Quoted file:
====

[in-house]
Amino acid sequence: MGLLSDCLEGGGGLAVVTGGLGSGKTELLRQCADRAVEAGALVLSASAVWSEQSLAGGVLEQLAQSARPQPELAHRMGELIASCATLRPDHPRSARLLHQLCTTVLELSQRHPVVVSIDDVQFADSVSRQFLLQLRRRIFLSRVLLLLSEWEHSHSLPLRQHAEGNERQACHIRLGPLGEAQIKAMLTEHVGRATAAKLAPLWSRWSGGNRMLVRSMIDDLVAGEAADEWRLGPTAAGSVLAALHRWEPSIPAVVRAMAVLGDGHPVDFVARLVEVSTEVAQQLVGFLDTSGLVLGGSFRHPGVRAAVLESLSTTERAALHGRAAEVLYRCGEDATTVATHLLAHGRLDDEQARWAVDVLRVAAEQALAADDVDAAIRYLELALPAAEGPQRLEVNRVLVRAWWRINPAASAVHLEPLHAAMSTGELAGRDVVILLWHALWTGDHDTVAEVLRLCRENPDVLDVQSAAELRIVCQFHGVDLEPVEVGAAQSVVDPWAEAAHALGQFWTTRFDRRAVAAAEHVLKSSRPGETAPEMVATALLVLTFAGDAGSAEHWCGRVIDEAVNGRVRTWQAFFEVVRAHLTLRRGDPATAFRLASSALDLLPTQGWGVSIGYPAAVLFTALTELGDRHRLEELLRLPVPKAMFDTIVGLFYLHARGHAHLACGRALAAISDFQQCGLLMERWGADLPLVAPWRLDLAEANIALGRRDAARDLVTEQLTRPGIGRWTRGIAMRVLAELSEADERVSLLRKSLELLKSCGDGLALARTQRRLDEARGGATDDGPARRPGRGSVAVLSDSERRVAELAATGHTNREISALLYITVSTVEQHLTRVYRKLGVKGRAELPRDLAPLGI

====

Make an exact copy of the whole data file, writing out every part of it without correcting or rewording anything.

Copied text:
[in-house]
Amino acid sequence: MGLLSDCLEGGGGLAVVTGGLGSGKTELLRQCADRAVEAGALVLSASAVWSEQSLAGGVLEQLAQSARPQPELAHRMGELIASCATLRPDHPRSARLLHQLCTTVLELSQRHPVVVSIDDVQFADSVSRQFLLQLRRRIFLSRVLLLLSEWEHSHSLPLRQHAEGNERQACHIRLGPLGEAQIKAMLTEHVGRATAAKLAPLWSRWSGGNRMLVRSMIDDLVAGEAADEWRLGPTAAGSVLAALHRWEPSIPAVVRAMAVLGDGHPVDFVARLVEVSTEVAQQLVGFLDTSGLVLGGSFRHPGVRAAVLESLSTTERAALHGRAAEVLYRCGEDATTVATHLLAHGRLDDEQARWAVDVLRVAAEQALAADDVDAAIRYLELALPAAEGPQRLEVNRVLVRAWWRINPAASAVHLEPLHAAMSTGELAGRDVVILLWHALWTGDHDTVAEVLRLCRENPDVLDVQSAAELRIVCQFHGVDLEPVEVGAAQSVVDPWAEAAHALGQFWTTRFDRRAVAAAEHVLKSSRPGETAPEMVATALLVLTFAGDAGSAEHWCGRVIDEAVNGRVRTWQAFFEVVRAHLTLRRGDPATAFRLASSALDLLPTQGWGVSIGYPAAVLFTALTELGDRHRLEELLRLPVPKAMFDTIVGLFYLHARGHAHLACGRALAAISDFQQCGLLMERWGADLPLVAPWRLDLAEANIALGRRDAARDLVTEQLTRPGIGRWTRGIAMRVLAELSEADERVSLLRKSLELLKSCGDGLALARTQRRLDEARGGATDDGPARRPGRGSVAVLSDSERRVAELAATGHTNREISALLYITVSTVEQHLTRVYRKLGVKGRAELPRDLAPLGI